Why does a botnet attack happen?

A botnet’s spread strategy necessarily determines its development, laying the foundation of bots for extra utilization. Once an attacker has endangered a machine on a network, there is a probability that all susceptible computers on that network become infected.

And more recent technologies, such as the IoT, have some peerless susceptibilities that make them favourable targets.

IoT networks are becoming an essential part of our digital world. Their sensor networks are varying from ordinary networks, in the sense that sensor devices are low-powered and sometimes even utilize batteries as their energy source. Thus, because of their power limitations, these restrictions mean devices have restricted processing capabilities, which often result in weak cybersecurity. And oftentimes, IoT devices also can’t be remotely patched, and therefore are left susceptible.

How to prevent botnet attacks?

Keep your software up to date

New viruses and malware are created every single day, so it’s very essential to make sure your whole system is also up-to-date to cease botnet attacks. Updating your software is also a good way to prevent DDoS attacks.

A lot of botnet attacks are designed to abuse susceptibilities in apps or software, a lot of them have potentially been set in the form of security updates or patches. So, make a habit of updating your software and OS frequently. You wouldn’t want to get affected by malware or any other types of cybersecurity menaces just because you overlooked updating software.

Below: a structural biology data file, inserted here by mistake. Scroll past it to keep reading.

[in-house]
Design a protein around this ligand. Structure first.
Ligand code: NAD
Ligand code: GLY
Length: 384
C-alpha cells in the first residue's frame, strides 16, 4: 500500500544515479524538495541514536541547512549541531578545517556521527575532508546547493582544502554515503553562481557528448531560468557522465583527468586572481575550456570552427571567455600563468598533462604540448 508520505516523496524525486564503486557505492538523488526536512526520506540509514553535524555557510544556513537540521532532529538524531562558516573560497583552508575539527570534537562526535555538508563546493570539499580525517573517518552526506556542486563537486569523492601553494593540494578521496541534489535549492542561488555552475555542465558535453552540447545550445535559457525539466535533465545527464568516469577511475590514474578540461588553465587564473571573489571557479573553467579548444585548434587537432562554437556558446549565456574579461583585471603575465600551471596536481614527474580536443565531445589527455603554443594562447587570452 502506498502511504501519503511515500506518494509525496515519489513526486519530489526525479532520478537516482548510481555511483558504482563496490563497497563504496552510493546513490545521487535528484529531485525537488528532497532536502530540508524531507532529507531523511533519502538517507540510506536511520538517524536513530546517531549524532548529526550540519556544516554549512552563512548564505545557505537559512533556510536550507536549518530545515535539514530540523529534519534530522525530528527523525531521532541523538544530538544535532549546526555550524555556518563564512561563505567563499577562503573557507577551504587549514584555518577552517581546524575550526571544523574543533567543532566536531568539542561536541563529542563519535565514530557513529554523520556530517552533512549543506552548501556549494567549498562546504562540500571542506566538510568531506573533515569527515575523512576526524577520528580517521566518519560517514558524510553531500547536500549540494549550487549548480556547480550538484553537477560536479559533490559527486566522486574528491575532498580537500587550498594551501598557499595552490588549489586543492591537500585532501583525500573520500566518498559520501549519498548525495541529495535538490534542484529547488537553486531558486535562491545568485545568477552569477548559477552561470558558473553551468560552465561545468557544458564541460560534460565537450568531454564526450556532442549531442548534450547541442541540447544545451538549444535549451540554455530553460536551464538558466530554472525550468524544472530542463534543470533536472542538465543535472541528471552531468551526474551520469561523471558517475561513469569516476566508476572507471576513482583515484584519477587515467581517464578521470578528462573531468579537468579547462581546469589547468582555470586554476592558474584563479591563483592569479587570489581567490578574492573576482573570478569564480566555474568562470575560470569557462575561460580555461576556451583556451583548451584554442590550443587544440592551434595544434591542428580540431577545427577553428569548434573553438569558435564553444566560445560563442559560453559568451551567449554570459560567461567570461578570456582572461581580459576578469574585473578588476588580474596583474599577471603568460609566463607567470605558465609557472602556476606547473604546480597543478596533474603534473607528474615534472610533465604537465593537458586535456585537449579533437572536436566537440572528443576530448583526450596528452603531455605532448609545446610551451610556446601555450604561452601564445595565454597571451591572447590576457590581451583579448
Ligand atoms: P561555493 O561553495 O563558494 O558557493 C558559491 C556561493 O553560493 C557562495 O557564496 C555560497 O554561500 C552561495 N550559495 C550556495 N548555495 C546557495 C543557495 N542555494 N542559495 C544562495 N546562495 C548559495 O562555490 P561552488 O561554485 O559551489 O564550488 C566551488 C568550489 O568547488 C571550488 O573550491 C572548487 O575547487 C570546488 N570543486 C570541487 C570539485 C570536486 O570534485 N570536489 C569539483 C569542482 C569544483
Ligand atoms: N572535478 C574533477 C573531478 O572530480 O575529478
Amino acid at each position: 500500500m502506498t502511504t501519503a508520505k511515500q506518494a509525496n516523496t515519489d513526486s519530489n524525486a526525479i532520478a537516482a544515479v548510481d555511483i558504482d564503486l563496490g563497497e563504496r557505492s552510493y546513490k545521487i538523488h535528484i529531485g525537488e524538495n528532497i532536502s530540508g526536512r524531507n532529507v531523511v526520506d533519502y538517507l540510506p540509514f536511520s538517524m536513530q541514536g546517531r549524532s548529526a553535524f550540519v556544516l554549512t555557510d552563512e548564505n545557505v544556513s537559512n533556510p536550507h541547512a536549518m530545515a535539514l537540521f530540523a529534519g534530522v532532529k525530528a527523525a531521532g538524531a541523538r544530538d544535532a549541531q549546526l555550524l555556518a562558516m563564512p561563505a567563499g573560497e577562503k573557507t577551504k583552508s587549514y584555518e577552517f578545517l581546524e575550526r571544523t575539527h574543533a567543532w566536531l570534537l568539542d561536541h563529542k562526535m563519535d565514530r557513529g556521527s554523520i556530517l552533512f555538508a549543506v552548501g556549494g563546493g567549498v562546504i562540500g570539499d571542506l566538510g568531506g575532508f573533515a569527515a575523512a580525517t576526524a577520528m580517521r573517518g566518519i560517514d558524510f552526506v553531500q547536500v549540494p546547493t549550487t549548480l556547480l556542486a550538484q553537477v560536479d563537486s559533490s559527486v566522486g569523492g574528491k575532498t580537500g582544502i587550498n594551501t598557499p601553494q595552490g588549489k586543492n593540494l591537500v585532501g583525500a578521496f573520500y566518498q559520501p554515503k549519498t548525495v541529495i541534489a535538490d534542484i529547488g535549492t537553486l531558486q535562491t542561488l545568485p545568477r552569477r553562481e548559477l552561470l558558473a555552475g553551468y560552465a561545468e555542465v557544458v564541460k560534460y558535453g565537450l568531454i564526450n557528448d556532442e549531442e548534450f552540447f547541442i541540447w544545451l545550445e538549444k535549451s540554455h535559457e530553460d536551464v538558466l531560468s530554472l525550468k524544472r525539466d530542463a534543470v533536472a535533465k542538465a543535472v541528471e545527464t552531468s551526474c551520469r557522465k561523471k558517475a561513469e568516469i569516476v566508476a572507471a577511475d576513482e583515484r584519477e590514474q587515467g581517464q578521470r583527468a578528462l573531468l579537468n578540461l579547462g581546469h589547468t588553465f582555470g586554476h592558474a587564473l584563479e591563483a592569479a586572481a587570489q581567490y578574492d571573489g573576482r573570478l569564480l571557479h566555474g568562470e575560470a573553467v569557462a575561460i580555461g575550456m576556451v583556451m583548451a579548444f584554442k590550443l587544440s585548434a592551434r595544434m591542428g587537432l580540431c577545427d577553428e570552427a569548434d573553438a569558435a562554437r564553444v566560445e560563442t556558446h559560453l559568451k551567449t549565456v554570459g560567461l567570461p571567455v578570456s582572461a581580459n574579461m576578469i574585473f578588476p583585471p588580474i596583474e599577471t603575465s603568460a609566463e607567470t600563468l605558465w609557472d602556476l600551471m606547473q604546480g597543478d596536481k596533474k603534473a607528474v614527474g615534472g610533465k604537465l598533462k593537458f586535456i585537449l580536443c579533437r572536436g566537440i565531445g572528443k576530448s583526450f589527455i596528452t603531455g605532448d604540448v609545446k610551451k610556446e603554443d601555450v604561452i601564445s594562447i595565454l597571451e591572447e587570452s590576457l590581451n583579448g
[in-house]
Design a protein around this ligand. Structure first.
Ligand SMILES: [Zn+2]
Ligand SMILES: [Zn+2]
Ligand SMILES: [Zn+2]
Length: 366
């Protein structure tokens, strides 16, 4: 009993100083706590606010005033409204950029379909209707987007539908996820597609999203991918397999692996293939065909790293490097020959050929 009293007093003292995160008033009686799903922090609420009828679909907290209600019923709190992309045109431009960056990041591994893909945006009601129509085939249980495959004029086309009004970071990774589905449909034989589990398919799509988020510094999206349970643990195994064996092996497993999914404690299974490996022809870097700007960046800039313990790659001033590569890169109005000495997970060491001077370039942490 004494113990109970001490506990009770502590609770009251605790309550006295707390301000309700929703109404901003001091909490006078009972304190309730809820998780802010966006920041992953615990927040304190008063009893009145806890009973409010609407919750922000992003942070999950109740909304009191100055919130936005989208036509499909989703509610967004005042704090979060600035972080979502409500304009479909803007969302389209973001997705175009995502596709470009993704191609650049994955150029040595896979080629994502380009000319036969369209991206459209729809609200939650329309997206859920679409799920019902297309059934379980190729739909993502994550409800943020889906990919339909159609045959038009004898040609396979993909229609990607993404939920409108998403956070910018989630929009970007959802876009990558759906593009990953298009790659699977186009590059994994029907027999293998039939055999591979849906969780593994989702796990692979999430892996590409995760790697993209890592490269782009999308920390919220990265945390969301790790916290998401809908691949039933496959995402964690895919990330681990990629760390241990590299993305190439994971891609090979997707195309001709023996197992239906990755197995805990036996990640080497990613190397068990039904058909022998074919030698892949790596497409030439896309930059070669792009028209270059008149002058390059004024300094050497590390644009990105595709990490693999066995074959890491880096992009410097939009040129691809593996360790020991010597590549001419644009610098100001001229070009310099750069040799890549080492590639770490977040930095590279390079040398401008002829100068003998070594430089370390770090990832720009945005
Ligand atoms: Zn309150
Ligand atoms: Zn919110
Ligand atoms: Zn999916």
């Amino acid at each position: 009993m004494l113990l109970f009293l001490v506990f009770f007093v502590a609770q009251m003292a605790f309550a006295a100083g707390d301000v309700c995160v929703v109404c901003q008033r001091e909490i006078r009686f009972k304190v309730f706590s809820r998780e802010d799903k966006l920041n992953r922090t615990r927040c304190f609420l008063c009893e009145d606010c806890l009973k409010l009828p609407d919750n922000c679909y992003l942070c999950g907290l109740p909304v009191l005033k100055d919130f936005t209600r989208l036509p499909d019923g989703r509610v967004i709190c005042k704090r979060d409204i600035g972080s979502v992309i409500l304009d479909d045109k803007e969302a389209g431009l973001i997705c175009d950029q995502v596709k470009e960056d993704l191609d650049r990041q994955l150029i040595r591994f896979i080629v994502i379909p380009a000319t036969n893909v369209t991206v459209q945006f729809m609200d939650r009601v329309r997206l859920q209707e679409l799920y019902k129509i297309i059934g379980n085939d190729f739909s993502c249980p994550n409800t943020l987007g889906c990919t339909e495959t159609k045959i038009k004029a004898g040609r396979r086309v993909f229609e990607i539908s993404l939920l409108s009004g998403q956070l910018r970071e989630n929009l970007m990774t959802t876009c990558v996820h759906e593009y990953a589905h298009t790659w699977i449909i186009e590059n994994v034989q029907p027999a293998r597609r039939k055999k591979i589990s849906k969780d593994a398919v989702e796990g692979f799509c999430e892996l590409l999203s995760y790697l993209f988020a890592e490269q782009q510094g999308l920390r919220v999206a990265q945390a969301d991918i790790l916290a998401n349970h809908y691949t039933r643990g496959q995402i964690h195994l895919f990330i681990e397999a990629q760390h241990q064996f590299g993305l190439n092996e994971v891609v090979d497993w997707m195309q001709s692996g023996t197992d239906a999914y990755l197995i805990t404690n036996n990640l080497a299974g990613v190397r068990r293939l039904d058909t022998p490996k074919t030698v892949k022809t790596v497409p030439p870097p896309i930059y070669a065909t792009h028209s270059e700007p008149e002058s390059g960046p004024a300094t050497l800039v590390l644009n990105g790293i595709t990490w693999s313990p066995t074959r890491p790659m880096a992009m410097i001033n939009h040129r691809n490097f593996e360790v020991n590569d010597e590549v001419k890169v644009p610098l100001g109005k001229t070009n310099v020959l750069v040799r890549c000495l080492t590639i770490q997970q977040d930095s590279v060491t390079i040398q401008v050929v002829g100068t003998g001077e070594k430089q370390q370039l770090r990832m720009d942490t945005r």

Precisely monitor your network

Carefully watch your network for unconventional activities. This will be much more efficient if you have a better understanding of your usual traffic and how everything treats typically.

24-hour monitoring of the network should be the policy if probable, by utilizing analytics and data-collection solutions that can automatically find aberrant behaviour, such as botnet attacks.

Monitor failed login attempts

One of the greatest menaces to online companies is account takeover or ATO. Botnets are often employed to test large volumes of stolen username and password mixtures in order to obtain illegal access to user accounts.

Supervising your usual rate of failed login attempts will help you set a baseline so that you can establish warnings to inform you of any spikes in failed logins, which may be an indication of a botnet attack.

Execute an advanced botnet detection solution

The best method for securing your website and web server from botnet attacks is to invest in an advanced anti-bot alleviation service, that can conduct real-time botnet detection. While botnet operators are now very complicated in concealing the botnet’s identity, the advanced solutions can conduct real-time behavioural analysis to find botnet traffic and obstruct all botnet activities before they even reach your web server. Executing bot protection can even enhance your initial server response time.